River Tweed

River Tweed

There are other rivers with this name: see Tweed River

The River Tweed (Uisge Thuaidh in Gaelic) (156 kilometres or long) flows primarily through the Borders region of England and Scotland. It rises on Tweedsmuir at Tweed's Well near where the Clyde, draining northwest, and the Annan draining south also rise. "Annan, Tweed and Clyde rise oot the ae hillside" as the Border saying has it. It drains the entire Borders region. Its lower reaches mark the Scottish border with England for 27 kilometres near Berwick-upon-Tweed. The Tweed is one of the great salmon rivers of Great Britain.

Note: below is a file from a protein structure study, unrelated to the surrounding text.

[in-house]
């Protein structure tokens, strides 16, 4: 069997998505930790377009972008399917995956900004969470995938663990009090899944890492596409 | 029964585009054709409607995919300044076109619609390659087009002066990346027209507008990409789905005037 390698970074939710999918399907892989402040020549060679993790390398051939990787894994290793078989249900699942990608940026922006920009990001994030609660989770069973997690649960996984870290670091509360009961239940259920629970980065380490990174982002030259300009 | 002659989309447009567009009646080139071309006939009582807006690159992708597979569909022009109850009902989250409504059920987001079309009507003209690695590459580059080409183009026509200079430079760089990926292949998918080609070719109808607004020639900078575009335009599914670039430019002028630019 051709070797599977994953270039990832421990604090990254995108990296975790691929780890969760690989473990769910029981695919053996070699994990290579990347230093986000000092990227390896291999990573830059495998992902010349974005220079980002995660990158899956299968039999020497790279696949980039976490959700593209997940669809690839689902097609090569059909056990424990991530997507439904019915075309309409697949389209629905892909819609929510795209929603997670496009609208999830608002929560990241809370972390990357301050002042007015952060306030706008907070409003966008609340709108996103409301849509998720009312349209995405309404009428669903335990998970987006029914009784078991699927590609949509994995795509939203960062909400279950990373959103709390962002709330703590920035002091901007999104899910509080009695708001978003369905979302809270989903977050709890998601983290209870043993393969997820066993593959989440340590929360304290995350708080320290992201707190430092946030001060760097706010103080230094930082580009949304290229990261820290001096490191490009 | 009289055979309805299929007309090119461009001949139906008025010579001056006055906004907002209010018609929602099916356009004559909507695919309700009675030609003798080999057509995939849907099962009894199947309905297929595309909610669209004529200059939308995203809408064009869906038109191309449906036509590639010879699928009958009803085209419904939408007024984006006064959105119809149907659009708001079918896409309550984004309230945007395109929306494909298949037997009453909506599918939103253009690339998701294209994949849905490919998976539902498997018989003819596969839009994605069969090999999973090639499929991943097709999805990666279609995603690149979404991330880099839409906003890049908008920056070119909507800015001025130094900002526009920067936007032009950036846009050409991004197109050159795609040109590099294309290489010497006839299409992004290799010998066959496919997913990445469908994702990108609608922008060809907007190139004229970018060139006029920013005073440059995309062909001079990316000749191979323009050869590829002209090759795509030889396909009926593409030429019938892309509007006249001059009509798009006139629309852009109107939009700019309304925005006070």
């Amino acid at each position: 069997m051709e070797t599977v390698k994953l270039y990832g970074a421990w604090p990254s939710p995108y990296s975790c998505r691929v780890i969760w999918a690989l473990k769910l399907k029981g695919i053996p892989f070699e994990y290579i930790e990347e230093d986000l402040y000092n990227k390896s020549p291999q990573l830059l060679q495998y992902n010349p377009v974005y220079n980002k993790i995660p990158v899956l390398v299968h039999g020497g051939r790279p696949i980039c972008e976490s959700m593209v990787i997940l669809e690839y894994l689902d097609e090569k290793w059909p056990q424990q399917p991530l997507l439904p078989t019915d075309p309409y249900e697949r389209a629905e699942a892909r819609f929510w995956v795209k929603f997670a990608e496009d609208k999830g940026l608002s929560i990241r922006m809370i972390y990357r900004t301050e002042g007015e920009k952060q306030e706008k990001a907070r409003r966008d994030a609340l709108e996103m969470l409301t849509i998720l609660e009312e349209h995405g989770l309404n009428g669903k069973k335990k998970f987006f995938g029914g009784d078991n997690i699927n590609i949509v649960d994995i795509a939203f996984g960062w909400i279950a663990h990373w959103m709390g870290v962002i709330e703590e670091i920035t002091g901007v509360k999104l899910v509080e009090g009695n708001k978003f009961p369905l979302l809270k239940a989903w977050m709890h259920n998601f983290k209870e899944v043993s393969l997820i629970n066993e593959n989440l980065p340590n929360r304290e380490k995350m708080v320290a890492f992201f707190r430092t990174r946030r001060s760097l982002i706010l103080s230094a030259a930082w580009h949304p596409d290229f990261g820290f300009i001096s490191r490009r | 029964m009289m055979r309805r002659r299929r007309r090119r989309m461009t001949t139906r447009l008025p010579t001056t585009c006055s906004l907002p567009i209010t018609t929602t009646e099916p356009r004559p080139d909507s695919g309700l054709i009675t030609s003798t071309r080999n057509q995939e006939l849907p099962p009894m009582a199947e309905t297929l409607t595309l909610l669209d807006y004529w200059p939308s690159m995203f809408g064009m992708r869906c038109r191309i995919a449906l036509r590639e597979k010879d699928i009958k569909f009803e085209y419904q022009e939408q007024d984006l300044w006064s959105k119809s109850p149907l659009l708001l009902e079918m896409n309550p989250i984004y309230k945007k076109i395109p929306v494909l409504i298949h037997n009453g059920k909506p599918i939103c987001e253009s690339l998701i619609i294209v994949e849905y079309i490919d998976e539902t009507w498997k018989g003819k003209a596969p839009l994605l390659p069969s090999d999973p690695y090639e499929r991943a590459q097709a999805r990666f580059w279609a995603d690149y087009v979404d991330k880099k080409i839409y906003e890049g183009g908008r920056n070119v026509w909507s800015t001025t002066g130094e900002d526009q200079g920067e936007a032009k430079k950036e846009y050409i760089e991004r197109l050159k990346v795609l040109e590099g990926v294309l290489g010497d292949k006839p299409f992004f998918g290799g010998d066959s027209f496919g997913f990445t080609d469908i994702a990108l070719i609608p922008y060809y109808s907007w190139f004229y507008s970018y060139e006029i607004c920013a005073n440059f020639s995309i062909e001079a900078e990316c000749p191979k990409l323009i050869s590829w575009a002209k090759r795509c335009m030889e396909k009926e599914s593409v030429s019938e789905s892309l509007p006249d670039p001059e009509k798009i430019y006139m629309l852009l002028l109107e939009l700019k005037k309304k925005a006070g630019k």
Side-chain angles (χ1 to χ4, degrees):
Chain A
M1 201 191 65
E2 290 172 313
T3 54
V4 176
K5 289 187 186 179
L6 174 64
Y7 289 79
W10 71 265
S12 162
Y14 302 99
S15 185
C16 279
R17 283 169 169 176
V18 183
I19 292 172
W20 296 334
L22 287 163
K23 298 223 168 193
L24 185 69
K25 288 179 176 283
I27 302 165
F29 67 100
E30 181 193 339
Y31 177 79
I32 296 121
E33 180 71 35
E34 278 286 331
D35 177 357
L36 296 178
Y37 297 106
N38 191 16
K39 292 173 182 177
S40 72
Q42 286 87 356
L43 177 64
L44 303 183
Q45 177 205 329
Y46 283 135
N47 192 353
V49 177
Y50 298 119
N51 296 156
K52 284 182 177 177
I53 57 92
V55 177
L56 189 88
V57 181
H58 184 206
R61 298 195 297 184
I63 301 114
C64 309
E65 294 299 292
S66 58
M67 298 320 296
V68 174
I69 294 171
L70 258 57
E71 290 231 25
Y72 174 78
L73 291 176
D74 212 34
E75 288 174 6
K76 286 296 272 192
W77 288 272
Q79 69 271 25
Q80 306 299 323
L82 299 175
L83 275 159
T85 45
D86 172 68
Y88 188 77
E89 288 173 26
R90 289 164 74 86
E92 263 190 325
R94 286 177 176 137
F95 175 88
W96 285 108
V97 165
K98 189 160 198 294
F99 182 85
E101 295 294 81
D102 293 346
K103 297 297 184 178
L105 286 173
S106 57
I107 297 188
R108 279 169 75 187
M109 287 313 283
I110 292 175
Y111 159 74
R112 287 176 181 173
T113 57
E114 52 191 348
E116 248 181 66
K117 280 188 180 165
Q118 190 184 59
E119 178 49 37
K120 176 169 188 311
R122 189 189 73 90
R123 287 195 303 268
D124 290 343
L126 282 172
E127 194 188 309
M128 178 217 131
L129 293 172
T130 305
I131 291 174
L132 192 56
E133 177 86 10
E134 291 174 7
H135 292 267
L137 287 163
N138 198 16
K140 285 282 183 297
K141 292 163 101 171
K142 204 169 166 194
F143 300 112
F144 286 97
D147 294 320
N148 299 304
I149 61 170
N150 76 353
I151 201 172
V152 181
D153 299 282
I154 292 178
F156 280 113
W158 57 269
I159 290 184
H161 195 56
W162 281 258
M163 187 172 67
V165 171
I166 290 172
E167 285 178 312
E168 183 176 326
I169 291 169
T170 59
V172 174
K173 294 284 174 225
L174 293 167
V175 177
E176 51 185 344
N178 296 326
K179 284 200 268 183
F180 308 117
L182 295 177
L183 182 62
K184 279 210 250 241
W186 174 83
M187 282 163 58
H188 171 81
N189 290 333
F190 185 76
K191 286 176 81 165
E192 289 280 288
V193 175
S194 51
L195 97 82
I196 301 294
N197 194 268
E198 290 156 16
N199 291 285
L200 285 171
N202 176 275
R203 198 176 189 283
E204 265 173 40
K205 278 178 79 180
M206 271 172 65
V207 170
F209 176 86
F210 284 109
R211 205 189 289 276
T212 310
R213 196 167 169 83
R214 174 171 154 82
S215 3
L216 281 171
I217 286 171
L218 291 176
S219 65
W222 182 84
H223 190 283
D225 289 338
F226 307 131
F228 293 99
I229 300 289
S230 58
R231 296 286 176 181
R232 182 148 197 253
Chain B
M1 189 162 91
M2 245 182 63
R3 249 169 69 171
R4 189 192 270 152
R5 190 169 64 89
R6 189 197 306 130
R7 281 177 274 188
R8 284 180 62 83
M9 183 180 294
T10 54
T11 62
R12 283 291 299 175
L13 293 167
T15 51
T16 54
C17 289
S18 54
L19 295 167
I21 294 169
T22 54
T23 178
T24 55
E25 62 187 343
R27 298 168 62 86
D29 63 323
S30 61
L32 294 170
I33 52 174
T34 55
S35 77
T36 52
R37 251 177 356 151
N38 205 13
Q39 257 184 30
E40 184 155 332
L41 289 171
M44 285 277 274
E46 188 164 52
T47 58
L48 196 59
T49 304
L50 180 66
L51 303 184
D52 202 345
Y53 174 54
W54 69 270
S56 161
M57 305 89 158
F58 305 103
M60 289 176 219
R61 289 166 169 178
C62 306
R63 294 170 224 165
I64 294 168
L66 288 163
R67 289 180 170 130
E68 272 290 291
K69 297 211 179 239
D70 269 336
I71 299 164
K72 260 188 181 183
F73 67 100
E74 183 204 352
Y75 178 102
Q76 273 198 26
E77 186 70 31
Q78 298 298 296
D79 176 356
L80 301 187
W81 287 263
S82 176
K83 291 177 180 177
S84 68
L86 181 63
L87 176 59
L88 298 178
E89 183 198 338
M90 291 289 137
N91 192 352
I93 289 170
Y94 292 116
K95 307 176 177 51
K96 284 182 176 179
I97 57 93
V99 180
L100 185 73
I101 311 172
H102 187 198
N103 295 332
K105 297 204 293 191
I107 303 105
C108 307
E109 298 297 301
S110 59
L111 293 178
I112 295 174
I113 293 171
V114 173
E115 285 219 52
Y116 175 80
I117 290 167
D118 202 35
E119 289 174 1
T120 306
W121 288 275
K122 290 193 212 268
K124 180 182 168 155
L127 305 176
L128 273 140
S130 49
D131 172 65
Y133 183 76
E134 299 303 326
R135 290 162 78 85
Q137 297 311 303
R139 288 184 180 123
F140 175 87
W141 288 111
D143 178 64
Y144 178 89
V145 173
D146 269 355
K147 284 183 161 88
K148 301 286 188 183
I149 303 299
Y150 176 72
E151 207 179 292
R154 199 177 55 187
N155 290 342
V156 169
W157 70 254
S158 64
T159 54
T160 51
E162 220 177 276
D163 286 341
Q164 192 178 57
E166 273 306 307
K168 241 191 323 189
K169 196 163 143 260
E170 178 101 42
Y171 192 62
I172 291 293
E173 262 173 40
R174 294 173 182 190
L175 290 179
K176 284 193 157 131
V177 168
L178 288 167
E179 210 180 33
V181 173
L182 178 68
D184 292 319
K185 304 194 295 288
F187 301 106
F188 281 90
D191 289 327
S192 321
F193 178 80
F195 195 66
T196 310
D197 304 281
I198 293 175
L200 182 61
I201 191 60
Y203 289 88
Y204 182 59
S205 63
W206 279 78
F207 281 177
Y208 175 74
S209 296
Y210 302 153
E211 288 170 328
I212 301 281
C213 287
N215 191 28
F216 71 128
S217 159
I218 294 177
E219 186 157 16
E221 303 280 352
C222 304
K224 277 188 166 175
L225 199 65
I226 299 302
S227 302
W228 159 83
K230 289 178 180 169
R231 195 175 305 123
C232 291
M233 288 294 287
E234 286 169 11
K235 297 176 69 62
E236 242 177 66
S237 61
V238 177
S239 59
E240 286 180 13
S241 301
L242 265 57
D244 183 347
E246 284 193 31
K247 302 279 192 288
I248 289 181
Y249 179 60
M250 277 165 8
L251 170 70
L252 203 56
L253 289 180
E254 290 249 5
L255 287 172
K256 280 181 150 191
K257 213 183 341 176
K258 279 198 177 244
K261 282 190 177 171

Major towns through which the Tweed flows include Peebles, Galashiels, Melrose, Kelso, Coldstream and Berwick-upon-Tweed, where it flows into the North Sea.

The Tweed valley is also a very interesting area when it comes to looking at the glacial history of Britain. The valley floor on which the river currently flows is a drumlin field and is the relic of a paleo ice stream that flowed through the area during the last glaciation.

River Tweed is the only river in England where an Environment Agency rod licence is not required for angling.

Catchment of the River Tweed

Tweed tributaries include:

See also

External links

  • Paper describing Palaeo-Icestream and Lanforms in the Tweed velley http://www.geos.ed.ac.uk/homes/s0350775/everestetal2005.pdf
  • Map and aerial photo sources for: and

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